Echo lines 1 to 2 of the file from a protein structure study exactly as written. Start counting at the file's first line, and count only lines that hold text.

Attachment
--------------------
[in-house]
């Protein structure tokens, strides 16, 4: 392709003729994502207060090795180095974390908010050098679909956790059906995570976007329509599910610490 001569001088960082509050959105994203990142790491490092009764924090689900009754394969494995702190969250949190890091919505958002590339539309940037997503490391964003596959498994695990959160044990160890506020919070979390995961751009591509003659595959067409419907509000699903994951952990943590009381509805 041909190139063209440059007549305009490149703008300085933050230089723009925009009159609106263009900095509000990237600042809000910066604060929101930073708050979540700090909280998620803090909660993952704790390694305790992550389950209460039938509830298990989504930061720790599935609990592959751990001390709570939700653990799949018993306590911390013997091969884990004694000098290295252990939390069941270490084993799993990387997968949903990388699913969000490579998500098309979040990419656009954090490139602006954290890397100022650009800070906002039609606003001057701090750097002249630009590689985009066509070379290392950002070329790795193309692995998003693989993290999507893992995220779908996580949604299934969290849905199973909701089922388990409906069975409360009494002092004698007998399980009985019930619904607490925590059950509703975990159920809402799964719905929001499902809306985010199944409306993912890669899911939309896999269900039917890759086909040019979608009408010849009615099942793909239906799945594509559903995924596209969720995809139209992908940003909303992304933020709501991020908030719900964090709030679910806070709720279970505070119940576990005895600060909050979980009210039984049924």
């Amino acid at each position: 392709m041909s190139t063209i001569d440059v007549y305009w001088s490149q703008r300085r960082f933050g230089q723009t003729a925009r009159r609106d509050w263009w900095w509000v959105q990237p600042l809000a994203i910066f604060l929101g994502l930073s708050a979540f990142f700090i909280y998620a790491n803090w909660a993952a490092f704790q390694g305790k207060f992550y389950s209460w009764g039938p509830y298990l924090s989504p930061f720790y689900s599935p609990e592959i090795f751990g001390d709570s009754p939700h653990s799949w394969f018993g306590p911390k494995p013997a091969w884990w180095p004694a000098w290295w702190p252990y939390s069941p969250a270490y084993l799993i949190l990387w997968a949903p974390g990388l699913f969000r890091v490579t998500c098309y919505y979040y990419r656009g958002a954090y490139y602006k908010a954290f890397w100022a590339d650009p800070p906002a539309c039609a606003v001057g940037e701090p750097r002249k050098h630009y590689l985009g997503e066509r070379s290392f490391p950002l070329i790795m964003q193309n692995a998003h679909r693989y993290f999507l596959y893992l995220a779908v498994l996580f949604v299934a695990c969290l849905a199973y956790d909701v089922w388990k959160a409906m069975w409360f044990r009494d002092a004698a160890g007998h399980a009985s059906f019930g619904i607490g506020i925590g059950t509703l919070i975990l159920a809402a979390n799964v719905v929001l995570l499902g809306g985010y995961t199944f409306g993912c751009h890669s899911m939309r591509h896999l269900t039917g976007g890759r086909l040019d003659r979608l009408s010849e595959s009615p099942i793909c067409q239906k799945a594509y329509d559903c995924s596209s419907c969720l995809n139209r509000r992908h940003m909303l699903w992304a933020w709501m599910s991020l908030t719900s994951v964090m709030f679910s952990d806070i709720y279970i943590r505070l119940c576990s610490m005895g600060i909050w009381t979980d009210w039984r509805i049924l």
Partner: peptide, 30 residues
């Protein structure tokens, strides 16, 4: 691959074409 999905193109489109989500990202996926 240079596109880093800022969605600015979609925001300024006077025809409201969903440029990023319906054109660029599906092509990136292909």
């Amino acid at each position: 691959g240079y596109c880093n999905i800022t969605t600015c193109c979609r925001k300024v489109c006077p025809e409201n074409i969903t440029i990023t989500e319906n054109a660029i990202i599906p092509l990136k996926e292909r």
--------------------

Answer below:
[in-house]
């Protein structure tokens, strides 16, 4: 392709003729994502207060090795180095974390908010050098679909956790059906995570976007329509599910610490 001569001088960082509050959105994203990142790491490092009764924090689900009754394969494995702190969250949190890091919505958002590339539309940037997503490391964003596959498994695990959160044990160890506020919070979390995961751009591509003659595959067409419907509000699903994951952990943590009381509805 041909190139063209440059007549305009490149703008300085933050230089723009925009009159609106263009900095509000990237600042809000910066604060929101930073708050979540700090909280998620803090909660993952704790390694305790992550389950209460039938509830298990989504930061720790599935609990592959751990001390709570939700653990799949018993306590911390013997091969884990004694000098290295252990939390069941270490084993799993990387997968949903990388699913969000490579998500098309979040990419656009954090490139602006954290890397100022650009800070906002039609606003001057701090750097002249630009590689985009066509070379290392950002070329790795193309692995998003693989993290999507893992995220779908996580949604299934969290849905199973909701089922388990409906069975409360009494002092004698007998399980009985019930619904607490925590059950509703975990159920809402799964719905929001499902809306985010199944409306993912890669899911939309896999269900039917890759086909040019979608009408010849009615099942793909239906799945594509559903995924596209969720995809139209992908940003909303992304933020709501991020908030719900964090709030679910806070709720279970505070119940576990005895600060909050979980009210039984049924």